“I hope that the international community will not accept the Taliban if they impose Sharia law. The Taliban must work with the people, so people are living in peace, but at the same time, keep their values and let them live their lives the way they want to. 

“I’m at the airport with my family trying to get on a flight out, and there are lots of people rushing and being shot at [gun shots ring out half way through the interview]. Some of the gates are being guarded by the Taliban, but some of the gates are being guarded by the Afghan special forces who were called back, so they are coordinating with the Taliban to keep the gate safe. We don’t know where we are going; we just have to get out of Kabul right now. We are not expecting someone to help us. But it’s difficult to get into the airport now, after some countries like the US, UK and Canada have announced that they will accept refugees [the UK have said they will accept 20,000 refugees over the coming years, but this scheme is not yet up and running], so that has made the situation more difficult because everyone thinks they will be able to get out, even if they haven’t worked in an embassy, or are at risk in other ways.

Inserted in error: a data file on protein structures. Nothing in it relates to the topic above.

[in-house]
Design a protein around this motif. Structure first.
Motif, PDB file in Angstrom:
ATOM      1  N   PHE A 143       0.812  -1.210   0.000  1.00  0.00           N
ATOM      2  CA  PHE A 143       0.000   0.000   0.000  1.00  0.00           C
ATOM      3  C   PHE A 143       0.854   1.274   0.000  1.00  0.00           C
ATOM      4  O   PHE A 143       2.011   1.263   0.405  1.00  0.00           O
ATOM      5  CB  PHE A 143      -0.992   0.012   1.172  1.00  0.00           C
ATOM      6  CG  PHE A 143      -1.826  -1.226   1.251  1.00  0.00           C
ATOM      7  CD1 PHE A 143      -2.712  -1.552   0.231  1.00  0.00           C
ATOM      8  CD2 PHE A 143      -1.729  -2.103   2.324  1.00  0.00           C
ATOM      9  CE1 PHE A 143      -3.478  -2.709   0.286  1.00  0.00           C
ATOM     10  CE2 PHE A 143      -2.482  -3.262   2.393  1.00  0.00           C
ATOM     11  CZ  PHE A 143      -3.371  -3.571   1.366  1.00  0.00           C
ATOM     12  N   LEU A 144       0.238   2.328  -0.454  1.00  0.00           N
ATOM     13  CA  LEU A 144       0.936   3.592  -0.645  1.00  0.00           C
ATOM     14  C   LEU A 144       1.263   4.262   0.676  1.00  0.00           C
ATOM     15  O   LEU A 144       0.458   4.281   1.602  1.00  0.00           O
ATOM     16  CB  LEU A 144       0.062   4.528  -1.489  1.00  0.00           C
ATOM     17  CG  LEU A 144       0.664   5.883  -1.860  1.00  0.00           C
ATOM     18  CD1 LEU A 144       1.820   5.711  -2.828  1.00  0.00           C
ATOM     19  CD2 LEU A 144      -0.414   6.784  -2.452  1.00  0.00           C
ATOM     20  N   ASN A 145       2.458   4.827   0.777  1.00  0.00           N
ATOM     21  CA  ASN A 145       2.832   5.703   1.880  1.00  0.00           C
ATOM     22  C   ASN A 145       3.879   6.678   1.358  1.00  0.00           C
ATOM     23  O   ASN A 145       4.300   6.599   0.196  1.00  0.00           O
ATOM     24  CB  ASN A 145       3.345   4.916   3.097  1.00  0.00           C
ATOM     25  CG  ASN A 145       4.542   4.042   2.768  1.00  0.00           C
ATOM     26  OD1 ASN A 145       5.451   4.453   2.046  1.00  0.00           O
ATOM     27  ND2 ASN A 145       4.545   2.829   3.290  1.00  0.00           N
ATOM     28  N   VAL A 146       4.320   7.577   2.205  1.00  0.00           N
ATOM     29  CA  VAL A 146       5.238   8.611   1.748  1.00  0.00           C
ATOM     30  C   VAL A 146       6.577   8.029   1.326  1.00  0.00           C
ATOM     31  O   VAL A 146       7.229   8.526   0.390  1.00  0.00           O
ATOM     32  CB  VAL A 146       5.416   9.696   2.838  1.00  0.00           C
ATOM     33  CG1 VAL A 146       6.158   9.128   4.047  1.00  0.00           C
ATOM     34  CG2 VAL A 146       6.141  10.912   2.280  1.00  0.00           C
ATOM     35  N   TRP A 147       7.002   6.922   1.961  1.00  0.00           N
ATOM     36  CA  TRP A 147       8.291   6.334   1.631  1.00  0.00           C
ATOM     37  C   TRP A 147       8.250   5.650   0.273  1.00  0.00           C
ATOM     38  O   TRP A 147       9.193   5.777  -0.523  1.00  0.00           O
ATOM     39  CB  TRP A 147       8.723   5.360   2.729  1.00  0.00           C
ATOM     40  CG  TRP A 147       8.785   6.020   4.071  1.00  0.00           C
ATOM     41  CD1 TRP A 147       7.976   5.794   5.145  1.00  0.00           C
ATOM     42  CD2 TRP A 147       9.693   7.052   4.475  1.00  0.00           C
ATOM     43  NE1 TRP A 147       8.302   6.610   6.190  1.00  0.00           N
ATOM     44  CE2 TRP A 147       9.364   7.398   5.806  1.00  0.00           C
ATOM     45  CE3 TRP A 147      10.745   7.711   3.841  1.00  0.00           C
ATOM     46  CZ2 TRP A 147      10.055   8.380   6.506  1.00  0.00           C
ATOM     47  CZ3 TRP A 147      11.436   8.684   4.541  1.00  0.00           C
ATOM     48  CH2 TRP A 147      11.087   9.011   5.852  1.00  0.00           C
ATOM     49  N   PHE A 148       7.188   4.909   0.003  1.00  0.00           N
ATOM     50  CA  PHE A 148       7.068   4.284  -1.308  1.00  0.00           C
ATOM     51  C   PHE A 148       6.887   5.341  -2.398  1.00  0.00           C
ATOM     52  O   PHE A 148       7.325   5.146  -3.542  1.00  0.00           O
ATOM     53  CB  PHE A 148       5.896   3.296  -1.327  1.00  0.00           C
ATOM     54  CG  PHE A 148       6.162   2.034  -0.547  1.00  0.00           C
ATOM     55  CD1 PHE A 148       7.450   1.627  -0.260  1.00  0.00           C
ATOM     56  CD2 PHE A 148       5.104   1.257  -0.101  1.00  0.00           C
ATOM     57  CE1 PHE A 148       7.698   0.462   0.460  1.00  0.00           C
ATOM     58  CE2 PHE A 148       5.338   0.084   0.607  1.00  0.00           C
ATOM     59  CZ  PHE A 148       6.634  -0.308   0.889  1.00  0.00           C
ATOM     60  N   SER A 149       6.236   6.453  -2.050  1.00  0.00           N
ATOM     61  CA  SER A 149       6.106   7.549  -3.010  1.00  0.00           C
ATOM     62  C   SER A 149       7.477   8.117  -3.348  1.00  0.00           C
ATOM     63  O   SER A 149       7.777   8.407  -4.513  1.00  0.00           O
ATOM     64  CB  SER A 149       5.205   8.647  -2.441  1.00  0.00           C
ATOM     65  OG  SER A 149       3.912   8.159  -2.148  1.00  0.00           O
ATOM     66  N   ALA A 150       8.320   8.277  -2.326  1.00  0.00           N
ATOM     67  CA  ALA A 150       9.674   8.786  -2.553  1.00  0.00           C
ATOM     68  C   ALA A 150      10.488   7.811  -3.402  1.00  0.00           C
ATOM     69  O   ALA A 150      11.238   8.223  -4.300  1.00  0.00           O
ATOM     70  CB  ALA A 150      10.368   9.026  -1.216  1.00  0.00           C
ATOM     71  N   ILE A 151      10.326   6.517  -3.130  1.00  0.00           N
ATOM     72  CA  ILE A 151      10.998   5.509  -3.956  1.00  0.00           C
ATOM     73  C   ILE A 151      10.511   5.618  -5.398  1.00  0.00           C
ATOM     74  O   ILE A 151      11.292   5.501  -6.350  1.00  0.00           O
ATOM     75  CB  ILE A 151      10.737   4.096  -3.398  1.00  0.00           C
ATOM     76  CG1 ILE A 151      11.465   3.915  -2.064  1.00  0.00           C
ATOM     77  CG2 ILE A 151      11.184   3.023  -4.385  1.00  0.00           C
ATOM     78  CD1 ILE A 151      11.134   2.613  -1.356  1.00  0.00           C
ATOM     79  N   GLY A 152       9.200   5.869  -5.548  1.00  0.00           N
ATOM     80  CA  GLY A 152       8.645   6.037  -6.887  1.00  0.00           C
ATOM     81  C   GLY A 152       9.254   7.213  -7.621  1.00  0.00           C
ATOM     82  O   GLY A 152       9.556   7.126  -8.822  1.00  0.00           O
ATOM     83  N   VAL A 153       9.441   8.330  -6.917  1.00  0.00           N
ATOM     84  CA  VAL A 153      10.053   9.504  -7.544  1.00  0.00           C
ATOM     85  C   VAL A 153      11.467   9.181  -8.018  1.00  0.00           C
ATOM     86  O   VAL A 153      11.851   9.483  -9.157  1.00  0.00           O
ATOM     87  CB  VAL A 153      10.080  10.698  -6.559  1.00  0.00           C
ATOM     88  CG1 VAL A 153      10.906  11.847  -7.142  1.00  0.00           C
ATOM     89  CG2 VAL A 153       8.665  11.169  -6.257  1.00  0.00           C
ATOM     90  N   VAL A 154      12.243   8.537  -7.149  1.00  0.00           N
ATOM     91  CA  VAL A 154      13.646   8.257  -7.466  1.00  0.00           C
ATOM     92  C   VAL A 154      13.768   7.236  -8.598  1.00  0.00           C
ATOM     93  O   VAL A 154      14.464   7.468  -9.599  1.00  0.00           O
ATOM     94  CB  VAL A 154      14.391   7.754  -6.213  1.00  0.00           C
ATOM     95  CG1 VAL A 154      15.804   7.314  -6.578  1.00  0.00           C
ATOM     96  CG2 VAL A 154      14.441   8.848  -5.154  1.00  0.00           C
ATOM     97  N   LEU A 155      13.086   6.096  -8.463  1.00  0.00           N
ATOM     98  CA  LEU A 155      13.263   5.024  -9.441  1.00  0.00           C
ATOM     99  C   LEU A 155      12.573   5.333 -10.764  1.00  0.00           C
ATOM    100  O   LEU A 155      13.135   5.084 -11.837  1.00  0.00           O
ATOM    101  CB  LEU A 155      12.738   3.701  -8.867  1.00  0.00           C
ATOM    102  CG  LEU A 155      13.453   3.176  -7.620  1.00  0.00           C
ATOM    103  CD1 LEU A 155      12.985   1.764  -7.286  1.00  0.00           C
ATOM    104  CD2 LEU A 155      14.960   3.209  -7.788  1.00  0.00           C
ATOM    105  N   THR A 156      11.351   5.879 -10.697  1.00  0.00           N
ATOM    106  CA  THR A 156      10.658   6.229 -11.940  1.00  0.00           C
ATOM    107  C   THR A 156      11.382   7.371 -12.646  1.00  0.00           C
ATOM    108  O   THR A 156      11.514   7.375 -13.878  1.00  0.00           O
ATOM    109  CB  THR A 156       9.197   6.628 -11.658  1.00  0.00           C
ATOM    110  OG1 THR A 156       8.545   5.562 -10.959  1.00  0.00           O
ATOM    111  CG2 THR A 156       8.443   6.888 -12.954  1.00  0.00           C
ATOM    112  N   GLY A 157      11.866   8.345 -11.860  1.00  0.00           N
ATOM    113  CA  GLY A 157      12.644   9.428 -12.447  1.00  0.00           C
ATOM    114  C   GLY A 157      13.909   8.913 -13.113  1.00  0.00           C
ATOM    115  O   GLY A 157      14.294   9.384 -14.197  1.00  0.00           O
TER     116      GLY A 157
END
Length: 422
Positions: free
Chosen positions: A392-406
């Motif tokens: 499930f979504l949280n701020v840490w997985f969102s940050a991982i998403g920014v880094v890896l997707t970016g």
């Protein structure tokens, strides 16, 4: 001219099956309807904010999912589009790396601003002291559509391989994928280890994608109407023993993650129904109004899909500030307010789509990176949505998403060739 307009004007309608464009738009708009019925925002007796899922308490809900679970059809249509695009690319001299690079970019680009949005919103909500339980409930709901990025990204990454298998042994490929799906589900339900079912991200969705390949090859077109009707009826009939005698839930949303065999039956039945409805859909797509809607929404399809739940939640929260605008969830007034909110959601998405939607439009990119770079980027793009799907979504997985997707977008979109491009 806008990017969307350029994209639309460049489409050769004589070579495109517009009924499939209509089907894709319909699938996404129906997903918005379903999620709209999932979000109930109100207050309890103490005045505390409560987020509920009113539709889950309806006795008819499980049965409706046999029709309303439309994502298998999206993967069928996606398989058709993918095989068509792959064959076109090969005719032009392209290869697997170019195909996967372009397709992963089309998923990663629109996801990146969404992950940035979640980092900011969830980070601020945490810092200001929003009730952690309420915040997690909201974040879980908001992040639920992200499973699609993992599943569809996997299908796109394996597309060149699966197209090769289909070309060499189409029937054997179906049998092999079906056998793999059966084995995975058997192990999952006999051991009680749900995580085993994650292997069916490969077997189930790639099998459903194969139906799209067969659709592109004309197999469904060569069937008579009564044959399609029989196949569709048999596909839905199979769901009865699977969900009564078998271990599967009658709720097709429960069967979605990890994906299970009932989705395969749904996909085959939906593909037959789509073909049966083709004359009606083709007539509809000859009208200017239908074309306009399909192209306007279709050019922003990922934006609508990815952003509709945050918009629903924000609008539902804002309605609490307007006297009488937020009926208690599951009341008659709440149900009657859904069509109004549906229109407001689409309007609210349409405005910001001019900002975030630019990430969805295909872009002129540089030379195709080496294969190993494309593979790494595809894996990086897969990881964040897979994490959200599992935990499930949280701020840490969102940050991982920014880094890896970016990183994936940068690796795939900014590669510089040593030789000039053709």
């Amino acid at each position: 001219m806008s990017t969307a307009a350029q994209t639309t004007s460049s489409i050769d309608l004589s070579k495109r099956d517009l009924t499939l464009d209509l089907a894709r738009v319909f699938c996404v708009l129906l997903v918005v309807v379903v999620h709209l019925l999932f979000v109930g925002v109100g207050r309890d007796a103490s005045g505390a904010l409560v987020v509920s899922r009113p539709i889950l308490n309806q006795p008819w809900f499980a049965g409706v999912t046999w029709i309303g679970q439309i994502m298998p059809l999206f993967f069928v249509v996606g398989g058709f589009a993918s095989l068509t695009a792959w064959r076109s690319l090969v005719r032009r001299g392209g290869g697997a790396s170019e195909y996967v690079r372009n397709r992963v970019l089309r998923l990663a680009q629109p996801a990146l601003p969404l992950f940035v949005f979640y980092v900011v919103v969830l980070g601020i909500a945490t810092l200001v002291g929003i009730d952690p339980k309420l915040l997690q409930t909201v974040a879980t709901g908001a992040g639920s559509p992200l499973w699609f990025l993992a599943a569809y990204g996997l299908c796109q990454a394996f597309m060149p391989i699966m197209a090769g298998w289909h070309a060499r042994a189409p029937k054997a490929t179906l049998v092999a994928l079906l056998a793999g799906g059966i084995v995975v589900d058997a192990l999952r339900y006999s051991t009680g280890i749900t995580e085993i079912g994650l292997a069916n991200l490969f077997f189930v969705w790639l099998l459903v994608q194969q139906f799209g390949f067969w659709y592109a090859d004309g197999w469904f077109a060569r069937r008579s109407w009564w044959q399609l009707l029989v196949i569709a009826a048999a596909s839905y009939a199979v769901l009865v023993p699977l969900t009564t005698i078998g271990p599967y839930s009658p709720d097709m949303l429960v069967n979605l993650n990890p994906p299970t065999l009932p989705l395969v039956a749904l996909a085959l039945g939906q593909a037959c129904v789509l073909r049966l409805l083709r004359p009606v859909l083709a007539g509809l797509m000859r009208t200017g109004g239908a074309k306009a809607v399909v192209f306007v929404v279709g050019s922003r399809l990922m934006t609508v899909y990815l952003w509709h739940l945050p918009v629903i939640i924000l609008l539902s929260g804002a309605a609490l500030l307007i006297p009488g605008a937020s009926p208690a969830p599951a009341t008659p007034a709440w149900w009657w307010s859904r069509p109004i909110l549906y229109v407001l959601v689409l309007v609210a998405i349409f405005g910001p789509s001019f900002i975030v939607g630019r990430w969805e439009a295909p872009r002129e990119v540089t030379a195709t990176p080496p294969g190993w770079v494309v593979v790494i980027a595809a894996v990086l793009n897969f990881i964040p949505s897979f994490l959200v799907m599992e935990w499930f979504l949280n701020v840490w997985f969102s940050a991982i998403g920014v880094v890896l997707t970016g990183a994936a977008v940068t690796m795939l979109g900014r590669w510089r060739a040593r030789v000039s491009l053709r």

“Obviously, everyone wants a better life in the US or Europe, so why do they have to stay here under the Taliban regime? Everyone – including those with visas, including those not in danger – is mixed up right now, so the situation is very hard. There is not a plan to help people who are in real danger.”

(As told to Jessie Williams)

Follow Jessie Williams on Twitter.